I would be remiss if I did not mention the most common area of dill use: the kitchen! Dill and its seed are used thoroughly in the kitchen, though not just with fish as most people would think of immediately. Dill is suggested as a wonderful compliment to: eggs, pork, lamb, chicken, spinach, broccoli, cauliflower, cabbage, eggplant, potatoes, tomatoes....AND THE LIST GOES ON! Dill leaves, seeds and flowers are vital in the flavoring of pickles. For those looking at decreasing their salt intake, crush some dill seed on your next meal instead of sprinkling some salt! In Lao cuisine, dill is known as Laotian coriander and is used in different curried dishes. Dill is also an herb used in the following cuisines: Arabian, Indian, Vietnamese, Iranian, Thai.

Medicinally, dill has a variety of uses: making an infusion of dill seeds is great for indigestion, the hiccups, for insomnia, or even as a nail-strengthener. What makes dill oil good for indigestion is its antispasmodic qualities, which calm the muscles of the digestive system. The essential oil of dill contains four different compounds: carvone, myristicin, and dillapiole. Carvone, as discussed in my post about mint, smells strongly of spearmint. Myristicin is a compound found in parsley, dill and in larger quantities in nutmeg. Dillapiole is a compound that has the flavor similar to parsley.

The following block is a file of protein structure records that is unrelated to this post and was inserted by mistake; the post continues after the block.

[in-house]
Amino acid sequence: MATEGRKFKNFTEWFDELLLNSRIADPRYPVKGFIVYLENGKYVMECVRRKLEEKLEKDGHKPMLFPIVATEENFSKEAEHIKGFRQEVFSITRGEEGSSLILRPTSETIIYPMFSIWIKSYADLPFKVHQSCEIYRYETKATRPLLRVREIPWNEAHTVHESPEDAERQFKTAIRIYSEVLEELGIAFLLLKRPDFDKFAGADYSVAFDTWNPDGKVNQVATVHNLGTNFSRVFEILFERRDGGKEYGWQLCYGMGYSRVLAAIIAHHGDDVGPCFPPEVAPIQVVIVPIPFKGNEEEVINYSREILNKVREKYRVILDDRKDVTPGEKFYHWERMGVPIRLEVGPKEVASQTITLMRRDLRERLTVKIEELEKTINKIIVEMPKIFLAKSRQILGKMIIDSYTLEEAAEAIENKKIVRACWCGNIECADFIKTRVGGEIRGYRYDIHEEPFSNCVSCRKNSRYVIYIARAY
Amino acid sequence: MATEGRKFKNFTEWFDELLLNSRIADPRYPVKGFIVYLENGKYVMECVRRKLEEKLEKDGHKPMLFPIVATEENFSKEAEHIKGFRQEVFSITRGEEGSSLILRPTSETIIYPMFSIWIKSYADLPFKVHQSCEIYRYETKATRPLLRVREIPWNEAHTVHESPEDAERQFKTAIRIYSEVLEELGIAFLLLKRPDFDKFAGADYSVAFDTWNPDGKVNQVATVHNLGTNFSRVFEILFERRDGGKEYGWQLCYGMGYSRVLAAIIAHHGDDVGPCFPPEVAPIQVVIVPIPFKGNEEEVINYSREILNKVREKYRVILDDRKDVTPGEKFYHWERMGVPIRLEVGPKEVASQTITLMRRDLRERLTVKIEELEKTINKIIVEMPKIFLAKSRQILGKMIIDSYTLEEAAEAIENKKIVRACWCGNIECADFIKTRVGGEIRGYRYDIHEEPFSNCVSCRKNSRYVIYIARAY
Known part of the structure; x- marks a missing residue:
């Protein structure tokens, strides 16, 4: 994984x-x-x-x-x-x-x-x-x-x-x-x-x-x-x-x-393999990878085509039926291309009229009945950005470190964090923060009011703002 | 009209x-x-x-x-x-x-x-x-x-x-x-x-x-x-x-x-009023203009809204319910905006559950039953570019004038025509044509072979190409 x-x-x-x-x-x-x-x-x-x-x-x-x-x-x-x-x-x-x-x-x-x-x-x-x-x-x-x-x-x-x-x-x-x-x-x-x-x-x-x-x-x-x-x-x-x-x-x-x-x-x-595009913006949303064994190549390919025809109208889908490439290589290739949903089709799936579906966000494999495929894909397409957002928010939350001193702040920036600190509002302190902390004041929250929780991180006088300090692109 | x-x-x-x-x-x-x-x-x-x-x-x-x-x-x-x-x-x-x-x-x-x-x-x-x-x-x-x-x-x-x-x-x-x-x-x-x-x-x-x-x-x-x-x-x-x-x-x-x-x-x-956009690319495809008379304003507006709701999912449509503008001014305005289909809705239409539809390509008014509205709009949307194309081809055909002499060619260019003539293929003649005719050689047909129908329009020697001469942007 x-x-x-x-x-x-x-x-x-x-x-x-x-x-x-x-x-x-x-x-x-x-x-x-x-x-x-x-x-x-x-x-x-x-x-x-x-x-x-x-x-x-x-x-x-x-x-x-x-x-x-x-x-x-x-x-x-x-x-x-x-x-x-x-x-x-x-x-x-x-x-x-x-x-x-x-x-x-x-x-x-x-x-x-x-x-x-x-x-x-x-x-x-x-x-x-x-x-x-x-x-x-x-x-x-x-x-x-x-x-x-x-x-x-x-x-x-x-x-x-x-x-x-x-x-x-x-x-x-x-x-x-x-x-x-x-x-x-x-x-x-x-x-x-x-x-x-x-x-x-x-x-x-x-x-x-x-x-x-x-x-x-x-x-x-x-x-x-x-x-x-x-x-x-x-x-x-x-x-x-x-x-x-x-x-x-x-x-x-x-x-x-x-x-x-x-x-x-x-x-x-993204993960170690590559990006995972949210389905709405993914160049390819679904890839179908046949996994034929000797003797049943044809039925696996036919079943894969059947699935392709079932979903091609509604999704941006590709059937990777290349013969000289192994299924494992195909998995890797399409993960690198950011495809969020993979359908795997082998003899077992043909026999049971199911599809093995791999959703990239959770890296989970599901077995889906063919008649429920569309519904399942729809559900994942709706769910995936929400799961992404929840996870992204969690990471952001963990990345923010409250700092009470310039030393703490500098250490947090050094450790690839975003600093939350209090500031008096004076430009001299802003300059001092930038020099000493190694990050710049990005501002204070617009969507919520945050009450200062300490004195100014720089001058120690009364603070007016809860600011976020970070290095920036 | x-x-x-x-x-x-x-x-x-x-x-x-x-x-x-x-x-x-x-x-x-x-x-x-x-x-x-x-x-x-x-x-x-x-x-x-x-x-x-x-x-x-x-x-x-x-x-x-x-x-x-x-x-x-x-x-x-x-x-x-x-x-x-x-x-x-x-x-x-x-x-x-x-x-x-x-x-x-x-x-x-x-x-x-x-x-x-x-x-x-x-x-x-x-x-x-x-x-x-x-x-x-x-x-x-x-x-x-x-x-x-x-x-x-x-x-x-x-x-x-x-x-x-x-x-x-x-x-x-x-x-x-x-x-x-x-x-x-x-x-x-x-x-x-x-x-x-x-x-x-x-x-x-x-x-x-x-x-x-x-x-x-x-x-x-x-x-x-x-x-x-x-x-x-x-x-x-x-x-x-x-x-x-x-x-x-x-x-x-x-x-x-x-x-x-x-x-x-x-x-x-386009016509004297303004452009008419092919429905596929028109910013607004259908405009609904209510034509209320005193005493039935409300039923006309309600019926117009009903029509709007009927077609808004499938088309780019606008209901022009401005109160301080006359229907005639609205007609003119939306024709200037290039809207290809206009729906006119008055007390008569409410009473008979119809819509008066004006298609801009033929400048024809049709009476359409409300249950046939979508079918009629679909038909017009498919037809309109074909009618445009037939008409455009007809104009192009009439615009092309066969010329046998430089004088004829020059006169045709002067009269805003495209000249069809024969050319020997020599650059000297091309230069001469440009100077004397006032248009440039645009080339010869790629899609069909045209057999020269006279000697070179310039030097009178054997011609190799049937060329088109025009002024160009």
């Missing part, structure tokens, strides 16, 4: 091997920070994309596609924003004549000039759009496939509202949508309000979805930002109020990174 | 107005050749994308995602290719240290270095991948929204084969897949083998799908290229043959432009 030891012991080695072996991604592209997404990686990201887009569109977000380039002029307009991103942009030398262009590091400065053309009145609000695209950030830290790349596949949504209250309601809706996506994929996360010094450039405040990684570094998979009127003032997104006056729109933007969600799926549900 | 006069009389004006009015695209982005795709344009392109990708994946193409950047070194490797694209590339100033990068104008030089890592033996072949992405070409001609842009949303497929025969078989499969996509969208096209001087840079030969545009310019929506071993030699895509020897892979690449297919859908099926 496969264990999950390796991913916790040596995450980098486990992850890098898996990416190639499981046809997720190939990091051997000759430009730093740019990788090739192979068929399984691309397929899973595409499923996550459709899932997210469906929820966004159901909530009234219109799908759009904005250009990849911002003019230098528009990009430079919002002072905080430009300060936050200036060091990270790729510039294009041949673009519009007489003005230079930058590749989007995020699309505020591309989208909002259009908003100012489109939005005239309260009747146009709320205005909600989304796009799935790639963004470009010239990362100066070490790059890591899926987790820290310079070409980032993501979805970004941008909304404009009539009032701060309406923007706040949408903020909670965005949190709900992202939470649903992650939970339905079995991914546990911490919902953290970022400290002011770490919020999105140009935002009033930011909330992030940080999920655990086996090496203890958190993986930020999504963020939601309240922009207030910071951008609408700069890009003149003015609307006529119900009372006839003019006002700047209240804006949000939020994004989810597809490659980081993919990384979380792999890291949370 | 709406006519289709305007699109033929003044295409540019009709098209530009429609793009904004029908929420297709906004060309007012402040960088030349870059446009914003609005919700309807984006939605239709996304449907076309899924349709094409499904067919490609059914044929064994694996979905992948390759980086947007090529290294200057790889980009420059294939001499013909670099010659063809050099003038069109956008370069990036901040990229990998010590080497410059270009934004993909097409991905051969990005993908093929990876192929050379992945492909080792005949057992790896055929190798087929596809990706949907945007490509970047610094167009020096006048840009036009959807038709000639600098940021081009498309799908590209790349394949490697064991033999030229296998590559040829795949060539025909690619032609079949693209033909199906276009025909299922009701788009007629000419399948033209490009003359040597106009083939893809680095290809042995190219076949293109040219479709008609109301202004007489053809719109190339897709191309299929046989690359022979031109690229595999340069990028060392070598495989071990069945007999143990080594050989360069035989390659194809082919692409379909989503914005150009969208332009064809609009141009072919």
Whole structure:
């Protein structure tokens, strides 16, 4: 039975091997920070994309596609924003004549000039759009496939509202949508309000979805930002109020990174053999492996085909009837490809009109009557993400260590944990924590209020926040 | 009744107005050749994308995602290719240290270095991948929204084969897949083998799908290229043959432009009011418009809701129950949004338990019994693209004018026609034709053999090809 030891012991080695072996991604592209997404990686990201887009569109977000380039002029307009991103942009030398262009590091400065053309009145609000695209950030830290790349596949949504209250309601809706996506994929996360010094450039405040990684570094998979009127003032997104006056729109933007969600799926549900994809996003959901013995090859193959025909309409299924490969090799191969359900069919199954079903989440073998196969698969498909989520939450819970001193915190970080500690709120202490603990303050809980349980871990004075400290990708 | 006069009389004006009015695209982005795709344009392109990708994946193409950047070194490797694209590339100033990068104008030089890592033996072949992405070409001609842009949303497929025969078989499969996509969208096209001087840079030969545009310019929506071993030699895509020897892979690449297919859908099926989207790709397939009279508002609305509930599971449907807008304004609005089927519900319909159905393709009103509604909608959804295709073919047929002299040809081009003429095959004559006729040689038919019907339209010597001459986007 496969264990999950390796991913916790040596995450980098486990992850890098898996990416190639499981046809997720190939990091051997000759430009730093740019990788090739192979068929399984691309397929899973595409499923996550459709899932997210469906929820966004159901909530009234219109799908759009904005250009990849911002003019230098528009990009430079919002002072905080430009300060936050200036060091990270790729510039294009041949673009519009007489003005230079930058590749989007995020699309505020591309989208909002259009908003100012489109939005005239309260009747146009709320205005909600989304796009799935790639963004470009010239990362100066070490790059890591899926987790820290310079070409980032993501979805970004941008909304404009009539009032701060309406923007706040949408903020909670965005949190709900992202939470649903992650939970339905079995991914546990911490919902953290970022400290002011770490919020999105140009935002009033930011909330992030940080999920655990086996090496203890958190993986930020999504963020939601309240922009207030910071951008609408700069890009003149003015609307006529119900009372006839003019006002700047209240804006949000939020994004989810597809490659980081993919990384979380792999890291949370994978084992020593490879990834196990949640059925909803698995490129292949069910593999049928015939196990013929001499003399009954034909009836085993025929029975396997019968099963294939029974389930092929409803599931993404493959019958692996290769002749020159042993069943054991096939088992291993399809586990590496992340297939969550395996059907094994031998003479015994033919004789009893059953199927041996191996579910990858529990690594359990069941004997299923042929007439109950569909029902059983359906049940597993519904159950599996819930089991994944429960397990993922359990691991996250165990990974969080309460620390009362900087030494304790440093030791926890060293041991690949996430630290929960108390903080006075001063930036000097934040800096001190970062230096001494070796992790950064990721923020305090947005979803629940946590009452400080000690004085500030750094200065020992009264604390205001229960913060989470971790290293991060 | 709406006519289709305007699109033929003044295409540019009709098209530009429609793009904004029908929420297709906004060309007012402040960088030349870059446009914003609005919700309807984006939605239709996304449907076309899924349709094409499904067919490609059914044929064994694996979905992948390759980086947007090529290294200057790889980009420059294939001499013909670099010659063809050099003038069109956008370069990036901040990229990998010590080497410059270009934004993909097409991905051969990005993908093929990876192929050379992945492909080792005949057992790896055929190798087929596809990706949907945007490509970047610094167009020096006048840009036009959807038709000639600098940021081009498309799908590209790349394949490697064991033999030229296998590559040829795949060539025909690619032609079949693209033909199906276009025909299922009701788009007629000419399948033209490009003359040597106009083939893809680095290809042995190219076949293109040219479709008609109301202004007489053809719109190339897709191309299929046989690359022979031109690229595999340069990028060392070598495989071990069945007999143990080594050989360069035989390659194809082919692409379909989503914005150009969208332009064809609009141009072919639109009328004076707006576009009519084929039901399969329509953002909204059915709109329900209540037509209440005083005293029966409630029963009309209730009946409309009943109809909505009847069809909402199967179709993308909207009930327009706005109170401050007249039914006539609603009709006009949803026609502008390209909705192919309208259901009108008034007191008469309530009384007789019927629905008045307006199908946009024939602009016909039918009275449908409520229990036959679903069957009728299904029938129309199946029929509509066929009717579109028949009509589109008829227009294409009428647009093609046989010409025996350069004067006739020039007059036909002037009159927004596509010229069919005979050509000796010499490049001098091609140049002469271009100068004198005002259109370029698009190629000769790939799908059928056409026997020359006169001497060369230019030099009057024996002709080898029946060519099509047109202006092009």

I know that the last chemical discussion was a bit silly to mention, but I thought it was quite interesting to see that essentially, dill is nutmeg, parsley and mint mixed together! So next time that you taste some "Hair of the Hamadryas Baboon", see if your finely-tuned palette can detect those three distinct flavors!